The rigorous academic program at The Weber School is complemented by an active and robust experiential education.
Research has proven that students whose social and emotional needs are being met actually perform better in the classroom, and we believe it wholeheartedly. To that end, we seek to experience and integrate non-classroom learning into the life of Weber students as much as possible.
Overall, we try to “challenge participants to build Jewish knowledge and commitment from the basis of their experiences in this world (Reimer and Bryfman).” The activities we engage in outside of class include grade trips, community service, traveling abroad, and hosting visitors who have experiences that we can learn from just by hearing about them.
While experiential learning does cater to the emotional and personal feelings that our students are developing, there is also a strong cognitive element. We are not vessels to be filled; rather we are candles to be lit that we then use to light others. Learning by doing gives students a realistic context that learning by reading or listening cannot give. This helps develop the instinct, judgment, confidence, and critical thinking that Weber graduates use to get ahead in college and beyond.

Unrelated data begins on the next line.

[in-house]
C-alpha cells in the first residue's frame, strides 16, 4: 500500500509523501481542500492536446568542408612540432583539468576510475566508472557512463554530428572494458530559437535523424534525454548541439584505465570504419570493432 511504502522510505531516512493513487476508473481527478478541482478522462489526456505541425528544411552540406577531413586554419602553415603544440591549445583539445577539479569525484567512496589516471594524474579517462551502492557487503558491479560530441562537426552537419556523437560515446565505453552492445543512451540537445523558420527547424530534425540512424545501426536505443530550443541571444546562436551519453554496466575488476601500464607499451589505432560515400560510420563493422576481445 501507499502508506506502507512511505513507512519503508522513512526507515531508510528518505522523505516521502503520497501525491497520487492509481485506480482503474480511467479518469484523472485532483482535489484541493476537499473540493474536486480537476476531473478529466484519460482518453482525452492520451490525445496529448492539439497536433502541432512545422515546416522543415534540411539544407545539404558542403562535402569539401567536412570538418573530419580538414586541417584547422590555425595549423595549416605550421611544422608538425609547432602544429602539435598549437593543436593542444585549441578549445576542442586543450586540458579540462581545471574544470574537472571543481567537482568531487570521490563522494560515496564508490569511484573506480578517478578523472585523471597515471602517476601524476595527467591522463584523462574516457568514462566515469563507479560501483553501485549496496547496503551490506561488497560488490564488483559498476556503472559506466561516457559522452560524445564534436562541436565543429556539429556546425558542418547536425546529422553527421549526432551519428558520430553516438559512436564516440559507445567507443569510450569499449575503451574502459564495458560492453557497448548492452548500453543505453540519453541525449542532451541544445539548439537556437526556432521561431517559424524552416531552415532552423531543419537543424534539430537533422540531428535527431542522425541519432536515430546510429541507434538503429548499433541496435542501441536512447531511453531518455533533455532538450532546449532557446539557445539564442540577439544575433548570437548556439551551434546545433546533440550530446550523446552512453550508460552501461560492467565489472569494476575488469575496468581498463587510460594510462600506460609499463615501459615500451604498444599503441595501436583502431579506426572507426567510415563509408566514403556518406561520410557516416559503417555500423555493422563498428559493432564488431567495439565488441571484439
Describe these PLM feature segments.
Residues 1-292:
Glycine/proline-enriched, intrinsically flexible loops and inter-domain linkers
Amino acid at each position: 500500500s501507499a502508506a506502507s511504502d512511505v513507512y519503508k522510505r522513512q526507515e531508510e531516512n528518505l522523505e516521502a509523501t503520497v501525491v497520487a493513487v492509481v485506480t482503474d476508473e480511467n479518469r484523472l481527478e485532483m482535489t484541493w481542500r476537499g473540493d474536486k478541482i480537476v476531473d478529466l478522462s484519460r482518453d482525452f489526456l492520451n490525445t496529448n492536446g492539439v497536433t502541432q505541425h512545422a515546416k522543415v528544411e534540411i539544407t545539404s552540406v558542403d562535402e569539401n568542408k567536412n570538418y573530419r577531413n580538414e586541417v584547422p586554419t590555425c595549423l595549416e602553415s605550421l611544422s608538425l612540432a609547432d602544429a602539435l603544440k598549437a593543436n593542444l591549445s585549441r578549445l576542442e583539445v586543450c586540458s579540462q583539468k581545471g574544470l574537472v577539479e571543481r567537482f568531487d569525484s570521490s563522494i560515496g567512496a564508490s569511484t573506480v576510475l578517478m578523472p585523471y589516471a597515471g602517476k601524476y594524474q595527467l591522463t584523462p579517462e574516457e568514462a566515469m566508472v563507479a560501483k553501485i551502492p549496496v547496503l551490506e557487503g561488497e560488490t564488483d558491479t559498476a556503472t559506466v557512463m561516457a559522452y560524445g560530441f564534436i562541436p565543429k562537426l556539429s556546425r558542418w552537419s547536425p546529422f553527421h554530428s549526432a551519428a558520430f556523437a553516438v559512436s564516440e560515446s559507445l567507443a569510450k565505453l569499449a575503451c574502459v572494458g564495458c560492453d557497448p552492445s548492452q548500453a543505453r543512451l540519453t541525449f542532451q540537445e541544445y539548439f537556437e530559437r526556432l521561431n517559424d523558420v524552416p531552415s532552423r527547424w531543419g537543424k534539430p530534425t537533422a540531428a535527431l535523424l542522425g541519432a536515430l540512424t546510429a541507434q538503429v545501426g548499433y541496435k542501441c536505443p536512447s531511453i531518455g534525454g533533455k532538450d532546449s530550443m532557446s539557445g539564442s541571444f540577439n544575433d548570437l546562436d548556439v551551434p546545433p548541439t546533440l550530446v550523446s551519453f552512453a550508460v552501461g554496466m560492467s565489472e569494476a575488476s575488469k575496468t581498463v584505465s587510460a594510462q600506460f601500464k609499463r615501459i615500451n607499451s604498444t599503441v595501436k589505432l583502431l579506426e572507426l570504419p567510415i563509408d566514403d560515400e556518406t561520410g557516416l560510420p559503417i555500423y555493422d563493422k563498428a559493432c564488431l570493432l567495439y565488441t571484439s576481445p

Grade Level Trips
Each grade goes on a tiyul (trip/journey) that serves as a memorable learning experience outside the ordinary school day. The trips are typically two days and include a community service project and educational component.
The goal of our grade trips is to provide meaningful and memorable experiences that both educate and bring our students closer together. Long after these trips are over, classmates reminisce and enjoy recalling the sites they saw and the stories they made. We start the reflection even before the trip starts (“preflection”) and end each day of the trip with a group reflection that allows us to learn from—and about—each other.